Having written in German for the last couple of posts, today, on the german national day, I will treat all non-german speaking people to a google-translate free post in english.

Many writers and commentators used the occasion to both commemorate the peaceful unification of East- and West Germany in 1990, but also to take a look at Germany’s position today, in Europe and the world. We can see a country, that ever since it joined its forces, continued to be among the world leading countries in technology, engineering and innovation. For example, while being only the 53rd largest country it ranks number 6 worldwide in size of its railway system. Directly behind countries that have many times the surface area of Germany. It is a strong player in the renewable energy sector and the german automotive industry has not lost its appeal. Why am I pointing this out? It is actually not a notion about economy, but rather culturural diversity. As diverse as the german industries, are the nationalities of the people that do their share of the show. You can see this mainly in the big cities and any production facility. The most common nationalities among immigrants are Turkey, Jugoslavia, Italy, Greece, Poland, Croatia, Austria, Bosnia-Herzegovina, USA, Macedonia in the order of the percentage (high to low).

In Qatar I get a very different picture. While the country depends even more on expatriate workforce, most of these foreigners usually don’t stay in the country for long. They either just finish a contract based assignment, or work a couple of years, in order to return to their home country with a full savings account. The majority of blue collar workers does not really keep the money in the account, but they send a varying amount of it home to support their families every month.

In Germany, these people-imported cultures partly blend in, partly try to preserve their heritage, yet eventually many of them stay there and enrich the german cultural landscape for future generations. We could actually speak of unity in diversity. Despite being a secular state, the role of islam (among the majority of the other big religions) has been recognized and addressed by the politics in certain areas (even though the display of religious symbols at schools has been banned). I admit that, at the same time, there is growing sentiment and media campaigning against the [new] religions. In the case of islam this sometimes happens in ways not less demagogic, then those by extremists in other countries with a questionable level of basic education or even literacy. —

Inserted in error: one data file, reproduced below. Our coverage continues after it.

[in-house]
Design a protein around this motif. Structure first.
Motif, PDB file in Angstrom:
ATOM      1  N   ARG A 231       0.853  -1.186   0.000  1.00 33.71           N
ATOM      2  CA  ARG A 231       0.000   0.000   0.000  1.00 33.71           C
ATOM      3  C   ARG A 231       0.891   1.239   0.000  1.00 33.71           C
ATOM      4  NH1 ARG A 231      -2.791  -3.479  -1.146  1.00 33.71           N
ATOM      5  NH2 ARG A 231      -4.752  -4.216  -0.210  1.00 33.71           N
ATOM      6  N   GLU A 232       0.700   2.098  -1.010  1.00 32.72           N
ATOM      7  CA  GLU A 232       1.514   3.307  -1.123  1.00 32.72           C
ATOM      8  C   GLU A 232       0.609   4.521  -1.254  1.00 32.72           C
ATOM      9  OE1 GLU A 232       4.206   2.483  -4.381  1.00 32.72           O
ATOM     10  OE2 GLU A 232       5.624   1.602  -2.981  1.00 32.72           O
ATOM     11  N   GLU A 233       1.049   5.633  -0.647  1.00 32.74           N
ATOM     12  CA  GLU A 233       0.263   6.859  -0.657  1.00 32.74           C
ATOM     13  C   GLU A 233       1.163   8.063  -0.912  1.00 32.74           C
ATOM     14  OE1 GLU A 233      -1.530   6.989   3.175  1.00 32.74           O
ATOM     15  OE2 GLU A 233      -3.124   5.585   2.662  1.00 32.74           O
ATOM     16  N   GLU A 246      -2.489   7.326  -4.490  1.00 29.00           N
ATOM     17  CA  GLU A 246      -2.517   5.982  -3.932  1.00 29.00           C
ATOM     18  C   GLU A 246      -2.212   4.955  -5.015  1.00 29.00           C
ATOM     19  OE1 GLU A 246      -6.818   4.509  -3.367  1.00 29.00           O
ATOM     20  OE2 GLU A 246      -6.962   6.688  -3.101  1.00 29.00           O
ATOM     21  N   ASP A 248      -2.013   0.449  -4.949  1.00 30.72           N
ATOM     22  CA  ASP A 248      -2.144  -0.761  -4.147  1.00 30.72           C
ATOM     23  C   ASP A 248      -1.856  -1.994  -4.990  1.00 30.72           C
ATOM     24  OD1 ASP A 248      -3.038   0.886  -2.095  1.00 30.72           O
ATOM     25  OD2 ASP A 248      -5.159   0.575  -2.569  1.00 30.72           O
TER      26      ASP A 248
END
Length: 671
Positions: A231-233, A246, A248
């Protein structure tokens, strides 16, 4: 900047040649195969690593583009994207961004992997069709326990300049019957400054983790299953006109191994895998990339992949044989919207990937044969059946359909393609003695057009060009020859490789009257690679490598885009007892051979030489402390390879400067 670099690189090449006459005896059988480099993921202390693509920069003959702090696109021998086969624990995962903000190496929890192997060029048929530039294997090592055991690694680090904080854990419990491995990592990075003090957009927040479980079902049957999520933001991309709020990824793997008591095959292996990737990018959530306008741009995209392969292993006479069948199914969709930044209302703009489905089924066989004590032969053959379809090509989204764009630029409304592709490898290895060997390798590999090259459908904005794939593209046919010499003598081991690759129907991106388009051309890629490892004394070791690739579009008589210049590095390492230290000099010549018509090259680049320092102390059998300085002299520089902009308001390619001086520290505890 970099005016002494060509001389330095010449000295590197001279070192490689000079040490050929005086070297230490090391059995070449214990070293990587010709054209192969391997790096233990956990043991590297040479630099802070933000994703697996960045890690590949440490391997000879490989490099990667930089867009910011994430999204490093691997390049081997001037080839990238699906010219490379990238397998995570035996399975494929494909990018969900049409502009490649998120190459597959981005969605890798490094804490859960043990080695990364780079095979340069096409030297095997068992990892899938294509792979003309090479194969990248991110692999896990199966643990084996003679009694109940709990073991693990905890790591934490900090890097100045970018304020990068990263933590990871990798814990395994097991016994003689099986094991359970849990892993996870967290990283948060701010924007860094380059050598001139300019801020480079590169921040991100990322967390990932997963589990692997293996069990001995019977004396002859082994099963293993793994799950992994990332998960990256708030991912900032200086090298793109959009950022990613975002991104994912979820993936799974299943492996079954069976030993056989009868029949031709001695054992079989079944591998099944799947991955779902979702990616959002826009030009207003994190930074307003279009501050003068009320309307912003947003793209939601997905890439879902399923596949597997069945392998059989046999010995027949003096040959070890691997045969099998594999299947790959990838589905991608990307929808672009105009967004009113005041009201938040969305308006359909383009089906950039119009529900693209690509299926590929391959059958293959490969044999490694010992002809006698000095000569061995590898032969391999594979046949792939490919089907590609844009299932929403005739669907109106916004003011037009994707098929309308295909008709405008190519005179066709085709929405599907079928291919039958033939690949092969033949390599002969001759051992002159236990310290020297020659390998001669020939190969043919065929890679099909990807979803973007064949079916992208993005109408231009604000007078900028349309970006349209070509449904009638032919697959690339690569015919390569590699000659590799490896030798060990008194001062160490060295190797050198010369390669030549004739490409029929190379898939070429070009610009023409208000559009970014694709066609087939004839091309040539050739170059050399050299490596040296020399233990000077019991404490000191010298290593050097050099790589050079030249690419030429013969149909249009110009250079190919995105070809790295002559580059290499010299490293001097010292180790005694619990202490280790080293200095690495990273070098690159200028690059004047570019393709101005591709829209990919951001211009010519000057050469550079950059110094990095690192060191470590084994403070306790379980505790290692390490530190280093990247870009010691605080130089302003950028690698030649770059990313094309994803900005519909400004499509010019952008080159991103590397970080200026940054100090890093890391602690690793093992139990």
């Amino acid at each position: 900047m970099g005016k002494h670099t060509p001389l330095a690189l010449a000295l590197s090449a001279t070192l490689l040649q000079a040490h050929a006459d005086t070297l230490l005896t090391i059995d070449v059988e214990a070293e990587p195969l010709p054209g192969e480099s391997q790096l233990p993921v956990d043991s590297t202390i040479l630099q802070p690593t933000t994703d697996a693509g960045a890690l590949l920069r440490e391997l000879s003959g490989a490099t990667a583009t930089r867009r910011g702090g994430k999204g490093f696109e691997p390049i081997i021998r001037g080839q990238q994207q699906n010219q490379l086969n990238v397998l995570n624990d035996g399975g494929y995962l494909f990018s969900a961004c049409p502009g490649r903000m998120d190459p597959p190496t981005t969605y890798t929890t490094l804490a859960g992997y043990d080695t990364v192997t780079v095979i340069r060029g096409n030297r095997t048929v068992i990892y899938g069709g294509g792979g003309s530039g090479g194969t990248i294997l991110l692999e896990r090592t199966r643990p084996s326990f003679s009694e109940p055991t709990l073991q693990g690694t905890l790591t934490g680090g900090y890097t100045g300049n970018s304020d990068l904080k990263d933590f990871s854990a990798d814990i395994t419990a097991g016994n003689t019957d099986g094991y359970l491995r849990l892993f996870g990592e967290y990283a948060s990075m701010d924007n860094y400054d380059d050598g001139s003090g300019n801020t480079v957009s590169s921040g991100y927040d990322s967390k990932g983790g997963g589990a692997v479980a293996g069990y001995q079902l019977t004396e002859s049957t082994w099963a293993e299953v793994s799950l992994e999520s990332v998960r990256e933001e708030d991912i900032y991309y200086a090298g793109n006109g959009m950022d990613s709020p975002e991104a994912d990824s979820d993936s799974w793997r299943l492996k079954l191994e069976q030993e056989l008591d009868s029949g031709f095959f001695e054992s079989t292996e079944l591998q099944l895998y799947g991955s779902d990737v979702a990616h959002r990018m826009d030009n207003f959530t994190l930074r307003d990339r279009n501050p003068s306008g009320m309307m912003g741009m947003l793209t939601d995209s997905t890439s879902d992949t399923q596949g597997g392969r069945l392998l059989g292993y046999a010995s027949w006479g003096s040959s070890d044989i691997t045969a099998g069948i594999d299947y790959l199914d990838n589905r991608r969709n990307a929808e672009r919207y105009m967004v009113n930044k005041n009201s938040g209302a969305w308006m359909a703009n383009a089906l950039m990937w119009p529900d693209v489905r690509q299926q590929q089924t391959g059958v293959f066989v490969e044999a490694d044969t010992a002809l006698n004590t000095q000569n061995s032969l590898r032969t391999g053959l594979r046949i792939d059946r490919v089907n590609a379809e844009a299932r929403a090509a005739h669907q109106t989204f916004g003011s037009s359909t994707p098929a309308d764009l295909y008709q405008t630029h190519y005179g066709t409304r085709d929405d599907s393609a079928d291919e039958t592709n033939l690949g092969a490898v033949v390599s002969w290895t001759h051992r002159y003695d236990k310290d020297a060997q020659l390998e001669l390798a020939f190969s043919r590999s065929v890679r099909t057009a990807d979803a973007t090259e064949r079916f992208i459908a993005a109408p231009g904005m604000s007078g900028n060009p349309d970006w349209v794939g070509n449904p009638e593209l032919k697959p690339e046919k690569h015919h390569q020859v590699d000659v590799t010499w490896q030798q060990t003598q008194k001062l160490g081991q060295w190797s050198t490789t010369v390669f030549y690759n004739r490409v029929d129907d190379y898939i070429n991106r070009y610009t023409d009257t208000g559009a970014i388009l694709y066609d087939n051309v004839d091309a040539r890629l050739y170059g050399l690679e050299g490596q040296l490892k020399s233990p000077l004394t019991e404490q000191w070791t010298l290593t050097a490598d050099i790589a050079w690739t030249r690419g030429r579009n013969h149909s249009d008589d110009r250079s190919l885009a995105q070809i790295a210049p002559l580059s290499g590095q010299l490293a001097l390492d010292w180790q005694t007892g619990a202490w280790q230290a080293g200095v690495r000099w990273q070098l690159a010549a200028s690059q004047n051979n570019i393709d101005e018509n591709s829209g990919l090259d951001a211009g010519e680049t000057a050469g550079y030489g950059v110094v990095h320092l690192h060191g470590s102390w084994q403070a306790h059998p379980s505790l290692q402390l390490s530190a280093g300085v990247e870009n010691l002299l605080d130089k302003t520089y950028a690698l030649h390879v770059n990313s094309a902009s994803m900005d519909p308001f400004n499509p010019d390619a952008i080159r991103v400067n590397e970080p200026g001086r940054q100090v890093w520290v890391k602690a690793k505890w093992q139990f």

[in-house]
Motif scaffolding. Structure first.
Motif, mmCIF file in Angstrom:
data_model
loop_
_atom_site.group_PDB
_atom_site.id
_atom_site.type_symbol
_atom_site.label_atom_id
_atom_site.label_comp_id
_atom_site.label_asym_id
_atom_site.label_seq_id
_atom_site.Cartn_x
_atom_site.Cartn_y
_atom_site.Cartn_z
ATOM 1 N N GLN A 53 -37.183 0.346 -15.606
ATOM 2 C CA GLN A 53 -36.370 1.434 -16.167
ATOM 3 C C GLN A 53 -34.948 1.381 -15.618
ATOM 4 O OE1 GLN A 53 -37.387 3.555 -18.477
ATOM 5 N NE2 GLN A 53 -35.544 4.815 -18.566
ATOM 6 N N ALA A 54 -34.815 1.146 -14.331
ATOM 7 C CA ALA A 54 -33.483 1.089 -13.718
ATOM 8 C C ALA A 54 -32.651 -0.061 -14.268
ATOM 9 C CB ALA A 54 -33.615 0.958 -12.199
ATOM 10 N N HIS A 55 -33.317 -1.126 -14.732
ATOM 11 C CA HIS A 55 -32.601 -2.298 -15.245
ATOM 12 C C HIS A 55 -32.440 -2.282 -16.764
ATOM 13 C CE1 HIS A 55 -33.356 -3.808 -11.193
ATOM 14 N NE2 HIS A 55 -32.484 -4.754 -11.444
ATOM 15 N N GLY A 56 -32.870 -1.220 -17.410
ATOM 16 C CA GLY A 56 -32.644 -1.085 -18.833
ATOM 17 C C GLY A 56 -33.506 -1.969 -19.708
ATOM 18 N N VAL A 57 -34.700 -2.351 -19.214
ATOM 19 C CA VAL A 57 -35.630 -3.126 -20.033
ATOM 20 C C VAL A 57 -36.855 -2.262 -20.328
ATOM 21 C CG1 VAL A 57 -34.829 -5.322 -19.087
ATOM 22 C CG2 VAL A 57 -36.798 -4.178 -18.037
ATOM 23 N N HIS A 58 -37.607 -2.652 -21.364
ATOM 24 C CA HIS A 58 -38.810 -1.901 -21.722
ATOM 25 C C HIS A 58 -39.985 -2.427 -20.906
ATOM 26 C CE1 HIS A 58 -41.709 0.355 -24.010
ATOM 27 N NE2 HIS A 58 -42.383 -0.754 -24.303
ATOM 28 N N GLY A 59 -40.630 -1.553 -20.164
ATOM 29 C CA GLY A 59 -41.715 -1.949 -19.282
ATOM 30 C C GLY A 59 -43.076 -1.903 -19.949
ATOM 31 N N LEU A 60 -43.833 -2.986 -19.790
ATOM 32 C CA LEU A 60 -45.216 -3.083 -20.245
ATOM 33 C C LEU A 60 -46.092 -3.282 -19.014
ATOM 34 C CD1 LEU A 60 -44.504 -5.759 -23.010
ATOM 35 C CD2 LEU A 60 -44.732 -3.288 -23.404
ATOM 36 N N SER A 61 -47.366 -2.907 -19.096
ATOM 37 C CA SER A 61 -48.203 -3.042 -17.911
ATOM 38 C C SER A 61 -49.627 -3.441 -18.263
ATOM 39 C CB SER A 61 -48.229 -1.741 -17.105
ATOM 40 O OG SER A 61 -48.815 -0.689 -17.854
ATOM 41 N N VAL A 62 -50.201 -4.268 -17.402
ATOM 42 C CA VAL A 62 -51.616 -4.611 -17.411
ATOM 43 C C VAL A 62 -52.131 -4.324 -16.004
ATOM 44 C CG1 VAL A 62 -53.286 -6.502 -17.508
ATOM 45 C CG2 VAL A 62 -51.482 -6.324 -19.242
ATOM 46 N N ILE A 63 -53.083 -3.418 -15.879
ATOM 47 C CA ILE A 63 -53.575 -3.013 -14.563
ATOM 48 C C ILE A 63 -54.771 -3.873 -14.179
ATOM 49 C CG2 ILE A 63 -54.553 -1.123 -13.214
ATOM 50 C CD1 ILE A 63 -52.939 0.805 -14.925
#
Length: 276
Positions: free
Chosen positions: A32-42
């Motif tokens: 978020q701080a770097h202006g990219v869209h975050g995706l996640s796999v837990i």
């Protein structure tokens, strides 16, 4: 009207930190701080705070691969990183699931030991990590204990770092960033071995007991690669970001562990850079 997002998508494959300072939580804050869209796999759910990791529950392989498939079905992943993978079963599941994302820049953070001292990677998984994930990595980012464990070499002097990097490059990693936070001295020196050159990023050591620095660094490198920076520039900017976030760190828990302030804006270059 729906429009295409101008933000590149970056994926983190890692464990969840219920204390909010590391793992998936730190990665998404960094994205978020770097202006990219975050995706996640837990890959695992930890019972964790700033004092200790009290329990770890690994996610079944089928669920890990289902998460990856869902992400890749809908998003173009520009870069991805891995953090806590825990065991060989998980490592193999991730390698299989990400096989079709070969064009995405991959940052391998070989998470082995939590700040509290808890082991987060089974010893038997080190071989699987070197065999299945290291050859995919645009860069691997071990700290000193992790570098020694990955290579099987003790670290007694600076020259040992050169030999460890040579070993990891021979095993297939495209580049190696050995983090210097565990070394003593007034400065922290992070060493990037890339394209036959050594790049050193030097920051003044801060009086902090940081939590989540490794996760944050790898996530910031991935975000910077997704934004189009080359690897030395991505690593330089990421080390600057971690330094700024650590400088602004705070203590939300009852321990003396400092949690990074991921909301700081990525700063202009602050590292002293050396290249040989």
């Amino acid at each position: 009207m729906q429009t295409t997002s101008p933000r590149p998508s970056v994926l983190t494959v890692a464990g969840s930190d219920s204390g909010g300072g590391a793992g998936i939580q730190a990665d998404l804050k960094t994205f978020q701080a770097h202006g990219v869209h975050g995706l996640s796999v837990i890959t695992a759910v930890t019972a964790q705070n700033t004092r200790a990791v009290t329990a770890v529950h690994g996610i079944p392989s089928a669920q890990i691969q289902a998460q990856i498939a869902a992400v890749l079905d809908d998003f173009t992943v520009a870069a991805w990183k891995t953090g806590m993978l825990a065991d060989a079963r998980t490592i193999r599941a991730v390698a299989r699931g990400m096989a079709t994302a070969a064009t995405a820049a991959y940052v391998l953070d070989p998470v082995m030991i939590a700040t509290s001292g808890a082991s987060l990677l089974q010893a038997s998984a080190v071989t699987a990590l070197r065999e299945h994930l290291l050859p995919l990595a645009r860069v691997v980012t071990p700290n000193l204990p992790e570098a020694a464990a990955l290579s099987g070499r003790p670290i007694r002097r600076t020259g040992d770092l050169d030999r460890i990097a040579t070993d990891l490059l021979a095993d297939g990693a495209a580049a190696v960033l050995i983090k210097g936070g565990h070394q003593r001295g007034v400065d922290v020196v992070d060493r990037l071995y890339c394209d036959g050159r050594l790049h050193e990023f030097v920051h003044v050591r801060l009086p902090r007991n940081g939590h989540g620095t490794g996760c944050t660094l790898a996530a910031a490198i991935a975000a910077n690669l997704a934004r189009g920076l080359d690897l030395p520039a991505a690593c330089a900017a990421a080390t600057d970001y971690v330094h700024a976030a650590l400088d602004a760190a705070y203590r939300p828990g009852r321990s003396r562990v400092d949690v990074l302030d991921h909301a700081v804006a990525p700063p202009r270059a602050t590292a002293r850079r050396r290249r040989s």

In Qatar in return (where the majority of the residents are foreign citizens), I have the feeling that many people are more tolerant towards other religions or cultures. This seems to base on the large common denominator of being away from their countries. Yet they don’t mix a lot. You can observe this in many neighborhoods in Doha and elsewhere, that tend to be monocultural and also in the way accommodation is advertised (Only Indian Male, only Nepali, only Phillipino, etc.). —

As recently as 6 years ago, some people referred to Germany as the old economy or the old Europe. Today it works as a role model in efficiency, crisis-resiliance and overall economic strength. Why is that? One explanation might be the high moral importance of discipline, which was even fueled by two devastating world wars and the impressive restoration after WWII. Also by two brutal regimes, that both tried to maximize the productivity of its people. The Nazi regime and the socialist regime in the separated east, that is.

As a side-note, it is worth stating, that Germany has a long tradition of (organized) immigration (from very different kinds of refugees) that incidentally provided its economy with intellectual, as well as with workforce stimuli. An early example were the 44.000 Huguenots (persecuted protestants from France) that were granted a safe refuge in the german region of Brandenburg in 1685. —

Looking at the german immigration in Qatar, I observe one difference from most of the asian or arab immigrants.  Germans come in small numbers, but they come as acclaimed specialists in their field – and in their luggage they bring highly specialized machinery (like the fastest tunnel drilling machine in the world). Given this, I am waiting for a german (or even swiss for that matter) university to open a branch in Doha. Until today, Qatar is only blessed with prestigious outlets of their respective Anglo-Saxon universities, which represent education as a very exclusive affair. This seems to be a great opportunity, both for Germany and Qatar, Especially when considering Qatar’s aspiration to complement its hydrocarbon depending economy with a homegrown knowledge-based economy.

In the meantime, different people from different continents will continue to unite themselves in their diversity. In Germany, in Qatar and in most other parts of the world as well. Happy German Unity Day, which in reality also celebrates a united Europe, East and West.

 

(by the way, all photos are taken in Qatar, except when stated otherwise. All rights reserved. If you are interested in using any of the photos, please contact the author.)